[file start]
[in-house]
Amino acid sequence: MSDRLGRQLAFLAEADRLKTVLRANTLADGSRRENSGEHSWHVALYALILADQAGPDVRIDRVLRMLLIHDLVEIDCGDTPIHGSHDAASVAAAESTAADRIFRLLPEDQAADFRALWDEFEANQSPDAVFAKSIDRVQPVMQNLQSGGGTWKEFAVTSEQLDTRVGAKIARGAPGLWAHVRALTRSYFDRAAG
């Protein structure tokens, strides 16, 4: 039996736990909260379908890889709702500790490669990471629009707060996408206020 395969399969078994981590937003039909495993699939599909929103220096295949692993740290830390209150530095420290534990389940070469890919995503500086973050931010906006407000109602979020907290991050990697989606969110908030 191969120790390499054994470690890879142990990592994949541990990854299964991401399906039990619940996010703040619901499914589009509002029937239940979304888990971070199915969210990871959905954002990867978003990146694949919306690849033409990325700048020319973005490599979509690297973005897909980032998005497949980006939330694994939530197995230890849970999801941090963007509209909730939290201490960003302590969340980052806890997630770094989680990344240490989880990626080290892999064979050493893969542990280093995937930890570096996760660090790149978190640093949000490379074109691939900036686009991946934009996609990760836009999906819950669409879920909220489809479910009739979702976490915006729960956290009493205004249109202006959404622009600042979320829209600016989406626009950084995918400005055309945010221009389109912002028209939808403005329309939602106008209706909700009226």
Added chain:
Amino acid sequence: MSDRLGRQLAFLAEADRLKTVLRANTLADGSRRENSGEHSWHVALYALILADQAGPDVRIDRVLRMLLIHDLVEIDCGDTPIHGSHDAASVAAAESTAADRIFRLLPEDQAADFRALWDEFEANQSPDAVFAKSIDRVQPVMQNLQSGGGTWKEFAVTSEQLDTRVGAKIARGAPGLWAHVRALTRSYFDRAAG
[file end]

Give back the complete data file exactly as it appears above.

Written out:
[in-house]
Amino acid sequence: MSDRLGRQLAFLAEADRLKTVLRANTLADGSRRENSGEHSWHVALYALILADQAGPDVRIDRVLRMLLIHDLVEIDCGDTPIHGSHDAASVAAAESTAADRIFRLLPEDQAADFRALWDEFEANQSPDAVFAKSIDRVQPVMQNLQSGGGTWKEFAVTSEQLDTRVGAKIARGAPGLWAHVRALTRSYFDRAAG
């Protein structure tokens, strides 16, 4: 039996736990909260379908890889709702500790490669990471629009707060996408206020 395969399969078994981590937003039909495993699939599909929103220096295949692993740290830390209150530095420290534990389940070469890919995503500086973050931010906006407000109602979020907290991050990697989606969110908030 191969120790390499054994470690890879142990990592994949541990990854299964991401399906039990619940996010703040619901499914589009509002029937239940979304888990971070199915969210990871959905954002990867978003990146694949919306690849033409990325700048020319973005490599979509690297973005897909980032998005497949980006939330694994939530197995230890849970999801941090963007509209909730939290201490960003302590969340980052806890997630770094989680990344240490989880990626080290892999064979050493893969542990280093995937930890570096996760660090790149978190640093949000490379074109691939900036686009991946934009996609990760836009999906819950669409879920909220489809479910009739979702976490915006729960956290009493205004249109202006959404622009600042979320829209600016989406626009950084995918400005055309945010221009389109912002028209939808403005329309939602106008209706909700009226």
Added chain:
Amino acid sequence: MSDRLGRQLAFLAEADRLKTVLRANTLADGSRRENSGEHSWHVALYALILADQAGPDVRIDRVLRMLLIHDLVEIDCGDTPIHGSHDAASVAAAESTAADRIFRLLPEDQAADFRALWDEFEANQSPDAVFAKSIDRVQPVMQNLQSGGGTWKEFAVTSEQLDTRVGAKIARGAPGLWAHVRALTRSYFDRAAG